Kuenta i Tambu’s “Big Trombone” stands out as the final track, thanks to its full vocal, cheesy innuendo rap, and carnival versus broken beat groove. It’s an anachronism but it’s also a decent pop song.

Apart from “Big Trombone” it’s instrumentals agogo, but many of these tracks are so centre-ground in club and pop culture that I’m surprised Basserk don’t stick catchy vocals on them and pitch for major radio. Otherwise this is a solid, super-polished collection of impressive, mostly-instrumental club-pop.
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Artist: Anthony Child
Title: Electronic Recordings from Maui Jungle Vol. 2
Format: CD & Vinyl
Label: Editions Mego
This album was recorded in Haiku-Pauwela in Northern Hawaii in February 2016. It features genuine jungle atmospheric sound as a backdrop to electronic improvisations. So, coupled with the picturesque landscape of the cover art, you might expect this to be a distinctly low-key, chill-out affair.

In practice it’s somewhat more energetic and more sci-fi. The synth patterns, all sourced from Buchla instruments, are generally quite relentless, highly rhythmic, staccato and sometimes mildly abrasive loops. “Open Channeling” has parallels with Vangelis’s Blade Runner. “Truth Is Healing”, with its faintly choral chords, has Jean-Michel Jarre flavours. “Cellular Reintegration” is the closest the album comes to the old stereotypes of chill out music, with a synthesizer imitating an ethnic flute. From mellow beginnings, “Farthest Known Object” pushes towards feedback and discordance, trumpeting its way to the end of the album to ensure nobody mistakes this for a relaxing experience, before receding into distant ambience.

Each of the fourteen pieces is essentially a single idea or a single pattern, but developed, progressed and spontaneously reworked as it goes. Electronically it’s beautiful in its simplicity, replacing drum sounds with looping patterns that root the meandering drones, chord washes and arpeggios. There’s a shortage of sonic variety in the synth sounds, thanks to the focus on just one electronic instrument, but this is offset by changes in the arrangements. The production has an expansive, room-filling quality.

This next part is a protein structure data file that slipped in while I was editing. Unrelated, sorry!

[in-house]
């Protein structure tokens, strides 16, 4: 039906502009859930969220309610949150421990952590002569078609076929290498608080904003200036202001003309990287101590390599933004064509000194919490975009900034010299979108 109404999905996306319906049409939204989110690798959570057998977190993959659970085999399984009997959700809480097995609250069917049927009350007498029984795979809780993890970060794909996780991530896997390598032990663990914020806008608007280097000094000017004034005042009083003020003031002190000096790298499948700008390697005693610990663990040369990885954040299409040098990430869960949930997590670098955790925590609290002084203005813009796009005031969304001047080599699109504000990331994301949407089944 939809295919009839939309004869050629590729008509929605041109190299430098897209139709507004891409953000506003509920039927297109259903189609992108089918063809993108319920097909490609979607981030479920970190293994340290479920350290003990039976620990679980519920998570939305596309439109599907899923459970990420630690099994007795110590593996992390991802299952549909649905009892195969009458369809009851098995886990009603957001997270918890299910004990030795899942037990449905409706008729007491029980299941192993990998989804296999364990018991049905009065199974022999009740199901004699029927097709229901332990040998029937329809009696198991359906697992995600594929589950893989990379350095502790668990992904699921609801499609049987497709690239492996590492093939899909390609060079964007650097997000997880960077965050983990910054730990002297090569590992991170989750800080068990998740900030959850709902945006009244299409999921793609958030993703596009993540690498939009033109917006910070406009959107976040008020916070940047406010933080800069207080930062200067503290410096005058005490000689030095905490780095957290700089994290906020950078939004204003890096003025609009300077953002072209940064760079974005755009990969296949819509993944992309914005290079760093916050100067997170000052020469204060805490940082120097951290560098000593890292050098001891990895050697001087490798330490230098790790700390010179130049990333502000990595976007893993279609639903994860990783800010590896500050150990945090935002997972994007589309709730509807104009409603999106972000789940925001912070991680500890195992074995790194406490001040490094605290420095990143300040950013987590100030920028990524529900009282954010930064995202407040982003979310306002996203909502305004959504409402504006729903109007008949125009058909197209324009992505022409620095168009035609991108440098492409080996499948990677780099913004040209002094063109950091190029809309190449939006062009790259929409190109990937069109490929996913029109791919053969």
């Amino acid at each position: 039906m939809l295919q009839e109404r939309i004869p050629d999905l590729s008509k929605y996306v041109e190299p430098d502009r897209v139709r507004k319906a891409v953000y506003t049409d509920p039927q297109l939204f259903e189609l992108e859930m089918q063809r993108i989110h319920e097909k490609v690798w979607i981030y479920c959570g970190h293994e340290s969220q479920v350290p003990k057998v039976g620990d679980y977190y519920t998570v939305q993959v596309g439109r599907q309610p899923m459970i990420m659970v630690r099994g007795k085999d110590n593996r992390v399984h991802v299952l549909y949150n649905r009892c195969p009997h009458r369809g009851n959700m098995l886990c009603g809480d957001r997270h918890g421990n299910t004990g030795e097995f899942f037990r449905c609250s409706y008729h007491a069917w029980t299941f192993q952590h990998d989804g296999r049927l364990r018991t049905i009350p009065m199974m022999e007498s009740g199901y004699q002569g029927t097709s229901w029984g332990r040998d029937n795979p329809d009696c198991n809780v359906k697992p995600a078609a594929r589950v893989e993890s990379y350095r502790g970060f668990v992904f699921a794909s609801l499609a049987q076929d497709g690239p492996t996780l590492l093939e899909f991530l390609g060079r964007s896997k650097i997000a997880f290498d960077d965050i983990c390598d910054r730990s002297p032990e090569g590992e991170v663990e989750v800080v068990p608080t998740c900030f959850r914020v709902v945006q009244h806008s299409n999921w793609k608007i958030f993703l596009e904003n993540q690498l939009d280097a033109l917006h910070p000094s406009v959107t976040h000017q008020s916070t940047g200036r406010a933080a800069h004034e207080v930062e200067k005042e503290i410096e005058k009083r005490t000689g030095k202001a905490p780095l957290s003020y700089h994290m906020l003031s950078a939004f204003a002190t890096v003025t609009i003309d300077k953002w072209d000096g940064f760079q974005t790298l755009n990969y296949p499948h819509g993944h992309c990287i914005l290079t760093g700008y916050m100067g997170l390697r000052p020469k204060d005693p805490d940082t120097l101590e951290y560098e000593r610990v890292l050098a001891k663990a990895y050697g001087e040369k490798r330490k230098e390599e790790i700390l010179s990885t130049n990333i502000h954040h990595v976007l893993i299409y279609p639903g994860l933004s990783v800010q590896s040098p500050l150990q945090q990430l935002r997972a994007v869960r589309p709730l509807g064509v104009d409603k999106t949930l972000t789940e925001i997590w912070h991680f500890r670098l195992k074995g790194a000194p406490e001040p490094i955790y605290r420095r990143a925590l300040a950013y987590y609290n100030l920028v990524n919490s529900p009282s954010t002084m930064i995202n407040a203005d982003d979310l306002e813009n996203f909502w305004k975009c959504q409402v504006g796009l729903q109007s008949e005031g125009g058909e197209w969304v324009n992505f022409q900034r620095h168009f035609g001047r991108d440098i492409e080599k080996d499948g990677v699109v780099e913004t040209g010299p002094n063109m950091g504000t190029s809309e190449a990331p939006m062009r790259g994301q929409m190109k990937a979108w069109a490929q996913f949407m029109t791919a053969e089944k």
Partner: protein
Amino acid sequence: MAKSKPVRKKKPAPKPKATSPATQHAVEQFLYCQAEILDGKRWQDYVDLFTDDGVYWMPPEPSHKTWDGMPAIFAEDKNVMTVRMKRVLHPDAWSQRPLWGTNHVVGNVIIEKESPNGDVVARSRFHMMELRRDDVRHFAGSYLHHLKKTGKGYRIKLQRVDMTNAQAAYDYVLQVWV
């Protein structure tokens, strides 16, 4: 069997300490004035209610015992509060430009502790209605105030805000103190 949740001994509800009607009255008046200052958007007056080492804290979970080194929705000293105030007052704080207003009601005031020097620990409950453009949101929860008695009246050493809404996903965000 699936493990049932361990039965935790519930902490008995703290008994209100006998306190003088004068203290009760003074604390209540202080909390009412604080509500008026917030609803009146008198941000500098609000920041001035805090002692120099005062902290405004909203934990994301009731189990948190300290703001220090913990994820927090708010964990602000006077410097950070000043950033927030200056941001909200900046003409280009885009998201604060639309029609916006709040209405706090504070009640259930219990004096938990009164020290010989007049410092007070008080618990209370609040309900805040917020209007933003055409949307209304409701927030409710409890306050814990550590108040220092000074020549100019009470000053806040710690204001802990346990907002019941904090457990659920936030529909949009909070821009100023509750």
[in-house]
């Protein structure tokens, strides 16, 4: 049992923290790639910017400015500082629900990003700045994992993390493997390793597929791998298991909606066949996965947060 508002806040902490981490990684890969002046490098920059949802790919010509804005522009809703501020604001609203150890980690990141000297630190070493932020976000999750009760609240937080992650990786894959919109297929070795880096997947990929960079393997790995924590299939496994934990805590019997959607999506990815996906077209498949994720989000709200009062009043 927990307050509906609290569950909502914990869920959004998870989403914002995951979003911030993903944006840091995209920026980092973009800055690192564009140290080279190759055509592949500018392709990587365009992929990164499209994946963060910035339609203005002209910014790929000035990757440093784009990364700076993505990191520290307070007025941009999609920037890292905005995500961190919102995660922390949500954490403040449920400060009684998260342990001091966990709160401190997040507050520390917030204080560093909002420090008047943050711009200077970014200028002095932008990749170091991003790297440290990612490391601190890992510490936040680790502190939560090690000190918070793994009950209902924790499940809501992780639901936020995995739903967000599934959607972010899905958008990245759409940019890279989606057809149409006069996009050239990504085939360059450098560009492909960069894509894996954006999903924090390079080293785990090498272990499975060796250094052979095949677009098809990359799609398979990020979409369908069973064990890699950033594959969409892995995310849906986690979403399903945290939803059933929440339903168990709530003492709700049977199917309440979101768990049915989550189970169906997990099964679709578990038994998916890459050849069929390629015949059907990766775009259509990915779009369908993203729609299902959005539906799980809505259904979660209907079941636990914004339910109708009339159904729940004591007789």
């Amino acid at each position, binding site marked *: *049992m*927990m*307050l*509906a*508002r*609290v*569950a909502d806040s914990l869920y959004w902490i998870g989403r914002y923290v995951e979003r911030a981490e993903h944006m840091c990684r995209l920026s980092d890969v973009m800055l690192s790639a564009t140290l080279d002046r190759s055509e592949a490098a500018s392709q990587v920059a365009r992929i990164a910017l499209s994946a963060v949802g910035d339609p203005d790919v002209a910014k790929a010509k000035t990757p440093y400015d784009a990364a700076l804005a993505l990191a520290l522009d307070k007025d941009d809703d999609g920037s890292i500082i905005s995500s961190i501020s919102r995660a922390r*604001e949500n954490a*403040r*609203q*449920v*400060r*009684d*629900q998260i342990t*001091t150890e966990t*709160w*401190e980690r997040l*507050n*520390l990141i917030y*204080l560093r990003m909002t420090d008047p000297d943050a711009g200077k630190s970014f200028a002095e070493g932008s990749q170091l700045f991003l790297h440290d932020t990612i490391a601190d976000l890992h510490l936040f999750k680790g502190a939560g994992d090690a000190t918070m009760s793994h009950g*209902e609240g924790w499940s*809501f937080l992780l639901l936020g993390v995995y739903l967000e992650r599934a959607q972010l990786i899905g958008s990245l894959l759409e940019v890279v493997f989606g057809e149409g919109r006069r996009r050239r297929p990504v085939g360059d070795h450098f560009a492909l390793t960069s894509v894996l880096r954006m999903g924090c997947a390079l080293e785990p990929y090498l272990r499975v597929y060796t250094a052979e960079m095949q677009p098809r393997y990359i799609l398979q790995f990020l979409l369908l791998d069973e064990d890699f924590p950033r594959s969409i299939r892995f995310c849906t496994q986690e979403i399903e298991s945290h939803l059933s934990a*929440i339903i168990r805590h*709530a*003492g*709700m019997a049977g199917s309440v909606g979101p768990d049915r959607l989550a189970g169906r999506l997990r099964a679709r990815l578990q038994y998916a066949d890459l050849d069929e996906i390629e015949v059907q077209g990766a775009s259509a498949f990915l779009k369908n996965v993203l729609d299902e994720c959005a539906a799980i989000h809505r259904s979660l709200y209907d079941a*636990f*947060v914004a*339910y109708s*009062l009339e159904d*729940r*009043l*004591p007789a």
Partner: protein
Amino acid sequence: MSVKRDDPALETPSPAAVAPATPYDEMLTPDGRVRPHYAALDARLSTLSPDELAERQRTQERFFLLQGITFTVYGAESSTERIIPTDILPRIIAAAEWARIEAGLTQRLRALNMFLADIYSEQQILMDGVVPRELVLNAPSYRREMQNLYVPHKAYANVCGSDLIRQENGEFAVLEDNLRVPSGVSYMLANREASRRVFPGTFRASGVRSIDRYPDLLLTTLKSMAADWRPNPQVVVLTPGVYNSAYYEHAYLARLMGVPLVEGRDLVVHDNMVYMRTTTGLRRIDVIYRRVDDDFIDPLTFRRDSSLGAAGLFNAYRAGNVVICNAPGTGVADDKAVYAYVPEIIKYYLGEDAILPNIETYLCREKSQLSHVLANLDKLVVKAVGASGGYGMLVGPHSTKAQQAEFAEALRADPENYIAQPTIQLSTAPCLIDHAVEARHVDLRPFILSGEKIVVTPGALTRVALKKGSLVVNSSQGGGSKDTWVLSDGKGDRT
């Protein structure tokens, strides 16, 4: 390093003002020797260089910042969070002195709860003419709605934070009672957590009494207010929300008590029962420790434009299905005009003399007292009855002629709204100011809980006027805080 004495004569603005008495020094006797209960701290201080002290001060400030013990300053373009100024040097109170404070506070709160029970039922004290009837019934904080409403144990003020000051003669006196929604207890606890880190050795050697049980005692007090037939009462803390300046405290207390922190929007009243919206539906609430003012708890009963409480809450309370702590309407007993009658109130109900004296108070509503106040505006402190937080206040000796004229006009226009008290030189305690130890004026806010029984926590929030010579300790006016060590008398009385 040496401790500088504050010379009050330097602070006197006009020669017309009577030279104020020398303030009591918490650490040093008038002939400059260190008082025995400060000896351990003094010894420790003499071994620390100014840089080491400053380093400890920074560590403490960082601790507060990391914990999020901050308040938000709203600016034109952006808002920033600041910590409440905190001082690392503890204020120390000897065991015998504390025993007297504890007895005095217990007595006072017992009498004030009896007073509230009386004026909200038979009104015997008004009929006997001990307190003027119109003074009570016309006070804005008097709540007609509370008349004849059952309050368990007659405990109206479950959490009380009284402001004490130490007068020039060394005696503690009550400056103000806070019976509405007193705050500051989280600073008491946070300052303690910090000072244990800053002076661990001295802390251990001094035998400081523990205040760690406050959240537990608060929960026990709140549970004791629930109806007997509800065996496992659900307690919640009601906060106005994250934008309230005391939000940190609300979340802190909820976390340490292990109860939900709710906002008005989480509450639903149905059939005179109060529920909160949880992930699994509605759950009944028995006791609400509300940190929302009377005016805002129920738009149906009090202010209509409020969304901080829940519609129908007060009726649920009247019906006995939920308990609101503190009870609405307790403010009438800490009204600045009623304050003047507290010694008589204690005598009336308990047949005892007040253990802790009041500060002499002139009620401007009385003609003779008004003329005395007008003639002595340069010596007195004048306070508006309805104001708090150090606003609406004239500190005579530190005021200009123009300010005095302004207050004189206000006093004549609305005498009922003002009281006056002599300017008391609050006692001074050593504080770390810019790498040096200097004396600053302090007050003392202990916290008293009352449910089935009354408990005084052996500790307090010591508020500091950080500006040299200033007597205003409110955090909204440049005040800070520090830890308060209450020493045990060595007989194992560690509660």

My only problem with this release is that it’s a solid improvised synth album, and it’s also got Hawaiian ambience, but there’s no real connection between the two. They don’t feel related and they just run in parallel. I would happily listen to just the synths, and I would also happily bask in the ambient noise for an hour as well, but often there seems little justification for doing both at the same time. The jungle noise is disregarded somewhat and might as well have been lifted from a sample CD. There are rare occasions when a jungle bird call adds an off-beat percussion, for example in “Old Technology”, but this is rare within the work and the jungle becomes incidental rather than involved. This certainly doesn’t ruin the listening experience, but it does border on false advertising.